Research Article: Effect of stocking density of fish on water quality and growth performance of European Carp and leafy vegetables in a low-tech aquaponic system

Date Published: May 30, 2019

Publisher: Public Library of Science

Author(s): Carmelo Maucieri, Carlo Nicoletto, Giampaolo Zanin, Marco Birolo, Angela Trocino, Paolo Sambo, Maurizio Borin, Gerolamo Xiccato, Jay Richard Stauffer.


Aquaponics (AP) is a semi-closed system of food production that combines aquaculture and hydroponics and represents a new agricultural system integrating producers and consumers. The aim of this study was to test the effect of stocking densities (APL, 2.5 kg m-3; APH, 4.6 kg m-3) on water quality, growth performance of the European Carp (Cyprinus carpio L.), and yield of leafy vegetables (catalogna, lettuce, and Swiss Chard) in a low-technology AP pilot system compared to a hydroponic cultivation. The AP daily consumption of water due to evapotranspiration was not different among treatments with an average value of 8.2 L d-1, equal to 1.37% of the total water content of the system. Dissolved oxygen was significantly (p < 0.05) different among treatments with the lowest median value recorded with the highest stocking density of fish (5.6 mg L-1) and the highest median value in the hydroponic control (8.7 mg L-1). Marketable yield of the vegetables was significantly different among treatments with the highest production in the hydroponic control for catalogna (1.2 kg m-2) and in the APL treatment for Swiss Chard (5.3 kg m-2). The yield of lettuce did not differ significantly between hydroponic control and APL system (4.0 kg m-2 on average). The lowest production of vegetables was obtained in the APH system. The final weight (515 g vs. 413 g for APL and APH, respectively), specific growth rate (0.79% d-1 vs. 0.68% d-1), and feed conversion (1.55 vs. 1.86) of European Carp decreased when stocking density increased, whereas total yield of biomass was higher in the APH system (4.45 kg m-3 vs. 6.88 kg m-3). A low mortality (3% on average) was observed in both AP treatments. Overall, the results showed that a low initial stocking density at 2.5 kg m-3 improved the production of European Carp and of leafy vegetables by maintaining a better water quality in the tested AP system.

Partial Text

Aquaponics (AP), the integrated multi-trophic production of fish and plants in a semi-closed synergetic recirculating system, is one of the newest sustainable systems of food production [1–4]. In AP systems, the biological wastes excreted by fish (e.g., ammonia, salts) and those generated from the microbial breakdown of feed for fish (i.e., nitrite and nitrate) are absorbed by plants as nutrients for growth. Thus, this method allows the removal of undesirable nutrient wastes from the water by plants and the reuse of the water for fish [5]. Indeed, in AP systems, the majority (> 50%) of the nutrients sustaining the optimal growth of plants is derived from the waste originating from feeding the aquatic organisms [6]. Owing to its integrative character and multiple application (ranging from high- to low-technology systems) scenarios, AP is an atypical and complex production system for food [7]. As reviewed by Goddek et al. [2], AP can be considered a sustainable system of agricultural production, i.e., agricultural practices that do not undermine our future capacity to engage in agriculture and those that reduce the inefficiencies of the production process by designing systems that close cycles of nutrients, which is one of the main aspects of an AP [2]. This technique can play a crucial role in the environmental and socio-economic sustainability of smart cities of the future [8]. Finally, AP has been classified as one of the “ten technologies which could change our lives” by the European Union (EU) Parliament [9].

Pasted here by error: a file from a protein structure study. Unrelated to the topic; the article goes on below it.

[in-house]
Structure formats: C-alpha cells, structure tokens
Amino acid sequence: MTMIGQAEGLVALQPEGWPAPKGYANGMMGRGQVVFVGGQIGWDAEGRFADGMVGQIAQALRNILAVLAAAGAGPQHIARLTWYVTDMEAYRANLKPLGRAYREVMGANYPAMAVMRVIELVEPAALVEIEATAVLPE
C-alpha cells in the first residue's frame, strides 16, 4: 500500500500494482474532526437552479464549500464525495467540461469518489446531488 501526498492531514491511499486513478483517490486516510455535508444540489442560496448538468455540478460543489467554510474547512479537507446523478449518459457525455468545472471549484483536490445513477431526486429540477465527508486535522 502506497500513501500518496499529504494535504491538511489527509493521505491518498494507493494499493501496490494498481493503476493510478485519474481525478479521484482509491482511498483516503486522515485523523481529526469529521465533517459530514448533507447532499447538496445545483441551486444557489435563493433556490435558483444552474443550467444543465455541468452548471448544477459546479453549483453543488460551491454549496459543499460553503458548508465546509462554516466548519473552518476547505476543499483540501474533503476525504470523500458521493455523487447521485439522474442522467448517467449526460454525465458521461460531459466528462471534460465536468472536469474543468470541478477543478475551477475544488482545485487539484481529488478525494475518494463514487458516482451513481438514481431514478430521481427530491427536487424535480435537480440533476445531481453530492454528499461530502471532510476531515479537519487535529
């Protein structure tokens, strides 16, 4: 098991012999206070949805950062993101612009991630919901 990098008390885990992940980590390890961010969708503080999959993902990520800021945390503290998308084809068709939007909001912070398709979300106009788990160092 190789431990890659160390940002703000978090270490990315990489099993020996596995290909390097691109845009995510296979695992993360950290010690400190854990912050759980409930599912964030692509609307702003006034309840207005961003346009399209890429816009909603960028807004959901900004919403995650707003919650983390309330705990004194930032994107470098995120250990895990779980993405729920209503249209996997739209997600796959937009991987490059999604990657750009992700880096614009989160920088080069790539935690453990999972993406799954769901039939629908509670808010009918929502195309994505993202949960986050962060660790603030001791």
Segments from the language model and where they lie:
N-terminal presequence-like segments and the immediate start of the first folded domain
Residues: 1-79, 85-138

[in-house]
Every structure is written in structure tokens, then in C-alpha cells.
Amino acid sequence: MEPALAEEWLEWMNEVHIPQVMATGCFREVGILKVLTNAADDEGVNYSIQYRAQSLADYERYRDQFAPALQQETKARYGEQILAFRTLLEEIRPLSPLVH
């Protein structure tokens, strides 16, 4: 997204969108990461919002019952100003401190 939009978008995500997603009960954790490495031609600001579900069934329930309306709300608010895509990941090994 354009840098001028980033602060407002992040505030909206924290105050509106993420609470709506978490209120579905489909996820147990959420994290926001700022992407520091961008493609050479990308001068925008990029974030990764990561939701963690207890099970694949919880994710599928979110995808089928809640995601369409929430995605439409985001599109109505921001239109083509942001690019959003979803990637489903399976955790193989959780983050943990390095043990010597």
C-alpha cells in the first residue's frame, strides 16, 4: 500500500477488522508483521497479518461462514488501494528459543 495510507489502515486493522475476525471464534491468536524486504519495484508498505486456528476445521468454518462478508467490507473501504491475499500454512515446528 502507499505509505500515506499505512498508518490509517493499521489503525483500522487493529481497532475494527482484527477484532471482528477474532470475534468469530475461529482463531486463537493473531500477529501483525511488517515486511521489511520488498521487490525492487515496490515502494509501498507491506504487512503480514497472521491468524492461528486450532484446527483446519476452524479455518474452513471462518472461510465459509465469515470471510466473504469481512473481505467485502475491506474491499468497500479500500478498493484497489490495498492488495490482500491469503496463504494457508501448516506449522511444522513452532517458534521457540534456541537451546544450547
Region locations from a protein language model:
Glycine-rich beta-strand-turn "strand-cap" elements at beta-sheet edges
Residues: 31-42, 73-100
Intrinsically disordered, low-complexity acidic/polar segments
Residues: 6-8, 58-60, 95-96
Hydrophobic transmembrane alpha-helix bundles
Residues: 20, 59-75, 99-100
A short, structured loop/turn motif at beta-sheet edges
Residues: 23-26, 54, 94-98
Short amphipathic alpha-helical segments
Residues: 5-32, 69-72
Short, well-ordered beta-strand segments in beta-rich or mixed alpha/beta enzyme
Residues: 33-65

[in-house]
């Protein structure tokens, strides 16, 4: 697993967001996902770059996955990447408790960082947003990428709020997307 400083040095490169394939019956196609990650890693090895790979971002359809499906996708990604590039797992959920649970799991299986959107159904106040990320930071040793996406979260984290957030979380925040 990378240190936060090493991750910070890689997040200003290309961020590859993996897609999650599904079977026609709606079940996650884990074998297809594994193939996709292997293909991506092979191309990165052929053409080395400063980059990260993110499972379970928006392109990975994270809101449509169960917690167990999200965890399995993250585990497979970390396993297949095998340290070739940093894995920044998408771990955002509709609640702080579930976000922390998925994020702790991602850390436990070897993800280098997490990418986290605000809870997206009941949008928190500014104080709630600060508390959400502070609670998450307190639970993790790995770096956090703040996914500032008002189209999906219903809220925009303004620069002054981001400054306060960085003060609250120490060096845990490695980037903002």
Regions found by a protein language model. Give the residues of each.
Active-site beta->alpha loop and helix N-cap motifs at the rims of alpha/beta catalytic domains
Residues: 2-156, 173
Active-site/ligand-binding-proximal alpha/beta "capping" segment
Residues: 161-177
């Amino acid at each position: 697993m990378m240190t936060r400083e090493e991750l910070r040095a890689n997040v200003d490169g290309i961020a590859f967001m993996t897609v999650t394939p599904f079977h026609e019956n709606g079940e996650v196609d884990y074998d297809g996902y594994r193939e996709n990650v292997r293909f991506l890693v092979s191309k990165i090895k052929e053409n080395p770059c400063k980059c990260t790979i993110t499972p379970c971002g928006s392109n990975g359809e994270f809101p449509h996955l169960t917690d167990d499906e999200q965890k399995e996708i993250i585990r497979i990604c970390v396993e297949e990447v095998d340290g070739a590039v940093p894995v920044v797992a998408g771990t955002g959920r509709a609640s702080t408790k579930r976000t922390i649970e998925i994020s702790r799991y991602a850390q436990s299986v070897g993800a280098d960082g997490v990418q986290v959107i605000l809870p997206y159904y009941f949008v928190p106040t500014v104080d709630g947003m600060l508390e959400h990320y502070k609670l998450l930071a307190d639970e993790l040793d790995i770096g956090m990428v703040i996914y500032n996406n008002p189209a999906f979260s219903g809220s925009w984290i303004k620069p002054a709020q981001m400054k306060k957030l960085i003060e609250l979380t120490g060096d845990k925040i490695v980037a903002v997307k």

The experimental system was located inside a plastic greenhouse that was 50% shaded at the experimental farm of the University of Padova, North-East Italy (45°20′N, 11°57′E, 6 m a.s.l.). It consisted of nine independent units (Fig 1) divided as follows: three hydroponic units (HP), three AP units with low stocking density of fish (APL), and three AP units with high stocking density (APH). The AP units were designed as “low-technology systems” because they were characterized by: 1) the simplest hydroponic section with the capacity to act as biofilter; 2) the absence of energy to regulate water temperature; 3) the absence of probes for the continuous evaluation of water quality; 4) the absence of probes and systems for remote management; and 5) the absence of devices for water sanitation (UV, ozone).

The stocking density of European Carp influenced the yield of the tested AP system with better results, in terms of water quality and production of vegetables, achieved with an initial stocking density of 2.5 kg m-3. Moreover, growth and feed conversion of fish were negatively influenced by stocking density, but total biomass yield increased with increasing density of fish. Considering the species-specific response of fish to different stocking densities, our findings are reliable for European Carp, and further investigations are needed to establish the more suitable stocking densities for other species raised in AP. Good production of vegetables, performance and optimum health of fish suggest that the proposed low-tech system could be successfully implemented in the field on a larger scale at low construction costs.